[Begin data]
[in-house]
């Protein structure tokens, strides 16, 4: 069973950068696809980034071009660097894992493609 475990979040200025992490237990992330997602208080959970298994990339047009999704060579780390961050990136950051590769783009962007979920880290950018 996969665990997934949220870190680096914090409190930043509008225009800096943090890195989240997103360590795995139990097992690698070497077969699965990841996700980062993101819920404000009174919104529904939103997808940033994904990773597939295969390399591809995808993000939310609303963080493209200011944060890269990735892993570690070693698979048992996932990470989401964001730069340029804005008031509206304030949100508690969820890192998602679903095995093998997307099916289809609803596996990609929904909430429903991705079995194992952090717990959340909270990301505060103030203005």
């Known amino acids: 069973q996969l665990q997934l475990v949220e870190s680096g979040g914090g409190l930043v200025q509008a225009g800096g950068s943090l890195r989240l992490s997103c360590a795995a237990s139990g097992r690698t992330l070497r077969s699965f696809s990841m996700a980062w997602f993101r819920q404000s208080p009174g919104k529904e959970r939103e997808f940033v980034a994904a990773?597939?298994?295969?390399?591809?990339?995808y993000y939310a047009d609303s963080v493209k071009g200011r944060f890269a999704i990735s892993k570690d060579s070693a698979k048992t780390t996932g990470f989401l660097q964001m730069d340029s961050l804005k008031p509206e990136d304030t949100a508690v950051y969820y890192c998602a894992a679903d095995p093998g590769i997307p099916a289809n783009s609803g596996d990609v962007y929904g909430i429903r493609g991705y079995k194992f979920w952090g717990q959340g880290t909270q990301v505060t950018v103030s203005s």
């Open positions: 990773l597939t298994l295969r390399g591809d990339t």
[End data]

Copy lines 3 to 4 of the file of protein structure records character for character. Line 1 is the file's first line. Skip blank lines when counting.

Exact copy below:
């Known amino acids: 069973q996969l665990q997934l475990v949220e870190s680096g979040g914090g409190l930043v200025q509008a225009g800096g950068s943090l890195r989240l992490s997103c360590a795995a237990s139990g097992r690698t992330l070497r077969s699965f696809s990841m996700a980062w997602f993101r819920q404000s208080p009174g919104k529904e959970r939103e997808f940033v980034a994904a990773?597939?298994?295969?390399?591809?990339?995808y993000y939310a047009d609303s963080v493209k071009g200011r944060f890269a999704i990735s892993k570690d060579s070693a698979k048992t780390t996932g990470f989401l660097q964001m730069d340029s961050l804005k008031p509206e990136d304030t949100a508690v950051y969820y890192c998602a894992a679903d095995p093998g590769i997307p099916a289809n783009s609803g596996d990609v962007y929904g909430i429903r493609g991705y079995k194992f979920w952090g717990q959340g880290t909270q990301v505060t950018v103030s203005s």
């Open positions: 990773l597939t298994l295969r390399g591809d990339t």